The same virus strains that circulate in the U.S. are often what surges in Europe, says Alhassani. Although cases are starting to level off in England, Ko notes, it's still unclear whether this record surge is a harbinger of how severe norovirus will get in the U.S.
How does norovirus spread?
Norovirus is transmitted primarily "when bacteria or viruses shed in stool ends up on our hands and surfaces and then eventually ends up in our mouth and we ingest it and get infected," says Alhassani.
Norovirus may be transmitted directly from an infected person or from contaminated surfaces, objects, foods or drinks.
"Anybody who is in close contact with someone who has an active infection with norovirus is at high risk of getting it," says Alhassani. Norovirus can spread through activities like caring for an infected person, changing diapers or sharing utensils.
"Norovirus is so infectious that even if somebody throws up and there's droplets of vomit aerosolized in the air, that can actually cause infection," Alhassani adds.
It takes a very small number of virus particles to transmit the disease, says Ko, which is why norovirus causes so many explosive outbreaks. Per the CDC, less than 100 norovirus particles can make you sick, and infected people typically shed billions of particles.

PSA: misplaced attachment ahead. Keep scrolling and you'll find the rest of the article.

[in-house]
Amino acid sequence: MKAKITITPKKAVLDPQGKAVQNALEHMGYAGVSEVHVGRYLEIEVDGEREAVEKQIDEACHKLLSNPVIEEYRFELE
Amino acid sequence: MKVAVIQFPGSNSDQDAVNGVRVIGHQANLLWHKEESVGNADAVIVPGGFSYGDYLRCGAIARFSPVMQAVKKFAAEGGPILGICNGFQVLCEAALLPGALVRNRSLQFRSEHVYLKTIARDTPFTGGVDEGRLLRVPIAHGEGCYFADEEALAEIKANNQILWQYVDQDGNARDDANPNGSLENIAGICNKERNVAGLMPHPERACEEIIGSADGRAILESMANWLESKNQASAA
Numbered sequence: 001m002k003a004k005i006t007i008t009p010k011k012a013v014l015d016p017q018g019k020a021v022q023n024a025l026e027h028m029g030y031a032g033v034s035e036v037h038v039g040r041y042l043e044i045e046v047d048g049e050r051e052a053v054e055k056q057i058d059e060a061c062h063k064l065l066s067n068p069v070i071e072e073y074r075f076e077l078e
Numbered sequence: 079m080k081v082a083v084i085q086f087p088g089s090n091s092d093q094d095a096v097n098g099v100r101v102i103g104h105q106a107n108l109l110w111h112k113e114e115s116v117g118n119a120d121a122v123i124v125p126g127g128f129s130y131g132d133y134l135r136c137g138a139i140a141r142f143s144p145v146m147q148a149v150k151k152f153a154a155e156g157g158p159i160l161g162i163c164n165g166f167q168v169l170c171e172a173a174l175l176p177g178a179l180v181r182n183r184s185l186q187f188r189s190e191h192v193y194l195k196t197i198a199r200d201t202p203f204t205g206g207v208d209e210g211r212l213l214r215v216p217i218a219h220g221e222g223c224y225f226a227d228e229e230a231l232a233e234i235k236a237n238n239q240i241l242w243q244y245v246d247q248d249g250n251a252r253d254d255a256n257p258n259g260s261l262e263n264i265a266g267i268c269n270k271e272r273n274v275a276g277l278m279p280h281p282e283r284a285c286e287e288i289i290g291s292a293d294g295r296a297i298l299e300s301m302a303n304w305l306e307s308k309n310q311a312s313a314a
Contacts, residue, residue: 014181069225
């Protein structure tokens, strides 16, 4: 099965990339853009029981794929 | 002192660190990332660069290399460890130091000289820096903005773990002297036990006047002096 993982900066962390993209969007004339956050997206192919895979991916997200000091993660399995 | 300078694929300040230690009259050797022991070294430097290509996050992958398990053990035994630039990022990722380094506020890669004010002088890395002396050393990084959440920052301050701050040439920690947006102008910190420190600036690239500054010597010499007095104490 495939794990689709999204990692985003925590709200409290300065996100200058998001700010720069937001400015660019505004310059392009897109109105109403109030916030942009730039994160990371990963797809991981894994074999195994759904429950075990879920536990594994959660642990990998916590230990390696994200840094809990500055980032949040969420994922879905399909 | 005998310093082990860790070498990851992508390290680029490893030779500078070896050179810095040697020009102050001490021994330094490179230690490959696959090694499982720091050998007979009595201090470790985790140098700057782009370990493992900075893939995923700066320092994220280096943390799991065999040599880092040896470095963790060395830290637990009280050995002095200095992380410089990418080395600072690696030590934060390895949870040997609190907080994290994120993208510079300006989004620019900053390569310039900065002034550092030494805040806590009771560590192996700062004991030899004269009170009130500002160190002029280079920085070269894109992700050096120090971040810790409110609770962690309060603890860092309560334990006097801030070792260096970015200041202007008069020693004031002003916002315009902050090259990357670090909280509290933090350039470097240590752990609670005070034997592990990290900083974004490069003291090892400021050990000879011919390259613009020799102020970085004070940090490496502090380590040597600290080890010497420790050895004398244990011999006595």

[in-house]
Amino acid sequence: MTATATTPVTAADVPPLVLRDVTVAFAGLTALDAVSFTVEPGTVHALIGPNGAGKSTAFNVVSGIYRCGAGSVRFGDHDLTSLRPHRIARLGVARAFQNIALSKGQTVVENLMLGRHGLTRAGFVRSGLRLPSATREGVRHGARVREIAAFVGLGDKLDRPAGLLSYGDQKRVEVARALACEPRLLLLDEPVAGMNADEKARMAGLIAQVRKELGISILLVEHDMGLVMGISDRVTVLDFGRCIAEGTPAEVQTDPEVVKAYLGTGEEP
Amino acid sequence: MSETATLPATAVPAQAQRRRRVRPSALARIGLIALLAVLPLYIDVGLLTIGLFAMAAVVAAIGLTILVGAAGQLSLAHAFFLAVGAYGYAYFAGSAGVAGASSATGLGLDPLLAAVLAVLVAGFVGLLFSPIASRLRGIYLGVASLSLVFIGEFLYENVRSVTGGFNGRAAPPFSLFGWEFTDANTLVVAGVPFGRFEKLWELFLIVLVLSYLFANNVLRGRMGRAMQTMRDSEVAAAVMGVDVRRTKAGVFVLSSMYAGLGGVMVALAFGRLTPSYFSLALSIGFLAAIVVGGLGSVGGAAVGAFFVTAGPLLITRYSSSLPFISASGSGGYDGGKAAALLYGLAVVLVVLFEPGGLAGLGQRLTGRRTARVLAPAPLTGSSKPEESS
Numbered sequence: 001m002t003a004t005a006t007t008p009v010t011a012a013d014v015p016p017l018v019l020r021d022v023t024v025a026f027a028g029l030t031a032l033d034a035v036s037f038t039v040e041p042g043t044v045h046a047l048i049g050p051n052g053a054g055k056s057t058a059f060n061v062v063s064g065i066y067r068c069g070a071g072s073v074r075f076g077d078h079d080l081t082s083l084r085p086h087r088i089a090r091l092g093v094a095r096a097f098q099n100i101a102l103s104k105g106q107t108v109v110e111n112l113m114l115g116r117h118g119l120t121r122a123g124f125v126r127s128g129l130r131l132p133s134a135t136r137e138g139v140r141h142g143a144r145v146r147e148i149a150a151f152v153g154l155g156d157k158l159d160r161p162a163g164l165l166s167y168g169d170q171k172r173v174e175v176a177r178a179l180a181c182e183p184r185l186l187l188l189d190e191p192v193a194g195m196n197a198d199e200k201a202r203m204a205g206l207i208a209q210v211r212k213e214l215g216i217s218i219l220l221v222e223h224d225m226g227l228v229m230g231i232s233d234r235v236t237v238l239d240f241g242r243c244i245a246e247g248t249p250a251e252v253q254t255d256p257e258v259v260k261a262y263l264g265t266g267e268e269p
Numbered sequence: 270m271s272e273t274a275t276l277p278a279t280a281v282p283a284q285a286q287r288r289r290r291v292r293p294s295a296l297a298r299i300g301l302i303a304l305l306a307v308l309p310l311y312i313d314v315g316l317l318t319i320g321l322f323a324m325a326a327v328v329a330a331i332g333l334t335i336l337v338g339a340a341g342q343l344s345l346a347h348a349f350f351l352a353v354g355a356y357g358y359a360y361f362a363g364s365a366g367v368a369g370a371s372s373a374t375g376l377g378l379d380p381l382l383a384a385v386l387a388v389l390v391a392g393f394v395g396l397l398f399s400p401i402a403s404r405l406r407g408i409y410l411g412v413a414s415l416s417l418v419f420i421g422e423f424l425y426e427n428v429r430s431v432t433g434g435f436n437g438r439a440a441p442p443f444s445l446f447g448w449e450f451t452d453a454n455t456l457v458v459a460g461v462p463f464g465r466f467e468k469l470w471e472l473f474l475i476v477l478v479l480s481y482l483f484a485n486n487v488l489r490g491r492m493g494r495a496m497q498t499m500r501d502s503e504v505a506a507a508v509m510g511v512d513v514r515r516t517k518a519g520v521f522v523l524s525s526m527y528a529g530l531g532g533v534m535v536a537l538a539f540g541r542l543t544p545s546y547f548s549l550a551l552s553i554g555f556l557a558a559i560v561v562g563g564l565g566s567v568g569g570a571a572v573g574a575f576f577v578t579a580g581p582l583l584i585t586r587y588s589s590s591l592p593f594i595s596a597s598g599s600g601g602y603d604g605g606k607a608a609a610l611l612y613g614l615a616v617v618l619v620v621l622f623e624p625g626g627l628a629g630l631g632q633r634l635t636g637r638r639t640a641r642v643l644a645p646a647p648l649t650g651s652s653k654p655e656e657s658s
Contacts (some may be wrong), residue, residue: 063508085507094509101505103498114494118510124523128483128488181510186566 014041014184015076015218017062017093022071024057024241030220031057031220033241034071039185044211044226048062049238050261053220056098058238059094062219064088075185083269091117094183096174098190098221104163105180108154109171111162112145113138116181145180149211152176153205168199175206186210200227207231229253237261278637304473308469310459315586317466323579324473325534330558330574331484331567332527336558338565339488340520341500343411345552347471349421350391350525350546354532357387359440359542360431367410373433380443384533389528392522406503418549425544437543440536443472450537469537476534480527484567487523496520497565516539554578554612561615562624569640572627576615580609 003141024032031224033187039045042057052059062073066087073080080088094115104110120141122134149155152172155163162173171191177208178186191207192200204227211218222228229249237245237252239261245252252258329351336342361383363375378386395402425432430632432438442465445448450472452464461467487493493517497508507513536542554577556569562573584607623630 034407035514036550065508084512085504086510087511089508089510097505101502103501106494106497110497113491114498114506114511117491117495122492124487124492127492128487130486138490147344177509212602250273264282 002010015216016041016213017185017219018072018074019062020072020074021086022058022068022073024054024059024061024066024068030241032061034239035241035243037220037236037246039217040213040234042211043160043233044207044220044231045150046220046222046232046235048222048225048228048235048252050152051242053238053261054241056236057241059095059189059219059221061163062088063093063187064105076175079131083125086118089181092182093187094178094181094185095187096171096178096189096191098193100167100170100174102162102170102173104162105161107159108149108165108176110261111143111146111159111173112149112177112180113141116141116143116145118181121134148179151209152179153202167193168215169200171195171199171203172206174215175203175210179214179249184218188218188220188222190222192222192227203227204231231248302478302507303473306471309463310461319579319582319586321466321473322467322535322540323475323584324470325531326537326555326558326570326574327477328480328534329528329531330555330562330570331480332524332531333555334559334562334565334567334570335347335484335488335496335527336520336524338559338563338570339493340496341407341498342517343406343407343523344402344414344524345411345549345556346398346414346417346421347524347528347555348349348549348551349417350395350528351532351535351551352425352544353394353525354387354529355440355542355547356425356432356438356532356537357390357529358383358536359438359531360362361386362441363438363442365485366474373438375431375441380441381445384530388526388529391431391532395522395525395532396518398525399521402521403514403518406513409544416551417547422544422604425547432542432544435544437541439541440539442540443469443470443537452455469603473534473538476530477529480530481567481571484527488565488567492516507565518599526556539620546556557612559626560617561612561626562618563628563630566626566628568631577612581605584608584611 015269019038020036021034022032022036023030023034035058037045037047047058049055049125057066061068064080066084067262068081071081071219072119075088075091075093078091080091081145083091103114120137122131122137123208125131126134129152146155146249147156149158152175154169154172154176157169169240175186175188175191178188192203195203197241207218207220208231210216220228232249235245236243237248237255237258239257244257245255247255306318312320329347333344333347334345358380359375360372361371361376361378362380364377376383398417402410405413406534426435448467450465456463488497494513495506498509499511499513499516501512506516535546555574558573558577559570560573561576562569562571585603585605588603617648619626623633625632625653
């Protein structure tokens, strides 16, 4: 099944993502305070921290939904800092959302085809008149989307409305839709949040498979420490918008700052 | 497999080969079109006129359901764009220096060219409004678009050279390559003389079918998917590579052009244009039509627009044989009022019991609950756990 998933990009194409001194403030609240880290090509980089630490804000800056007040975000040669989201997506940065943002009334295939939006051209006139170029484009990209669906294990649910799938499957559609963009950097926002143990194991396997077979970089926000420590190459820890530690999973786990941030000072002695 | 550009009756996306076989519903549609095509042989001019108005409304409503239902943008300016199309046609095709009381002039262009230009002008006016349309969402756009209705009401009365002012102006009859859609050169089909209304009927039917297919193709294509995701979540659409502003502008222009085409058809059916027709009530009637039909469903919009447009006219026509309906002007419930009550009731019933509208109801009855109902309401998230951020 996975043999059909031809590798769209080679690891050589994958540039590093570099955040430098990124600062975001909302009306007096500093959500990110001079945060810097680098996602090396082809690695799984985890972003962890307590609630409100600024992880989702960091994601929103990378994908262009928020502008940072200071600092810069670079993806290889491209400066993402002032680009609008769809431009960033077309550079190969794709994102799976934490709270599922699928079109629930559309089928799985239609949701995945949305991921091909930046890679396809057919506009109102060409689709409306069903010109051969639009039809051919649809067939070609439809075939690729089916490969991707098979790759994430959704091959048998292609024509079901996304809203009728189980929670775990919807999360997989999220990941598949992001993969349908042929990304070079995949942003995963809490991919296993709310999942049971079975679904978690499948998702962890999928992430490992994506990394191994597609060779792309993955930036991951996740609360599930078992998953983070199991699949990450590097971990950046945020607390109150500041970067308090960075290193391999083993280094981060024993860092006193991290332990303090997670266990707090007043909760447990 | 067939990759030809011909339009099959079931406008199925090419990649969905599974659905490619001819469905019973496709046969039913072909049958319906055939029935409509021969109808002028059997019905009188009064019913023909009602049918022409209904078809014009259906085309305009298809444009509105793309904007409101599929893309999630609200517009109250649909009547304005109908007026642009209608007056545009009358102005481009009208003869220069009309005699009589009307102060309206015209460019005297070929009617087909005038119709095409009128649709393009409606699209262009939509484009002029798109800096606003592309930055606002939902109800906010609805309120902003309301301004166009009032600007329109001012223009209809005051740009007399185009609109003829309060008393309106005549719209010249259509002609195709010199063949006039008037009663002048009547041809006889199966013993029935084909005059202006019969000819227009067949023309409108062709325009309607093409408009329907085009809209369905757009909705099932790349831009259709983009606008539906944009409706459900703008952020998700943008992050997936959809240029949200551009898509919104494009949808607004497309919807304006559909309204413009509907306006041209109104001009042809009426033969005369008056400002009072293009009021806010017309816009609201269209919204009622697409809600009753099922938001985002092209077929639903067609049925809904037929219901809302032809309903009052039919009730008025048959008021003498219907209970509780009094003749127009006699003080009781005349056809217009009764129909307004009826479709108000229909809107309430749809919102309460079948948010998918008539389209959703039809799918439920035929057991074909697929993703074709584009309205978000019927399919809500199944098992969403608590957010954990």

Most people are infectious from the time symptoms begin until about two or three days after symptoms resolve, Ko says, but some people can remain contagious or up to two weeks after recovery.
Outbreaks often occur in schools, day cares, nursing homes and cruise ships, the experts note.
What are the symptoms of norovirus?
The most common symptoms of norovirus are vomiting, nausea, diarrhea and abdominal pain, says Ko. Other possible symptoms include a headache, body aches and a low-grade fever. Norovirus symptoms usually develop within 12 to 48 hours after exposure, per the CDC.
"Norovirus ... will just last a few days," says Ostrosky. "For the majority of the population, it’s going to be just a nuisance."
Those at higher risk of developing severe or prolonged symptoms include babies, the elderly and the immunocompromised, says Ostrosky. If symptoms transition into chronic diarrhea and weight loss, this can lead to complications like dehydration or poor absorption of medications, he adds.
What is the treatment for norovirus?
"There's actually no specific treatment or antiviral for norovirus," says Ostrosky. Hydration is key to replenish fluids lost from vomiting and diarrhea, the experts note, which means drinking plenty of water, Pedialyte or sports drinks.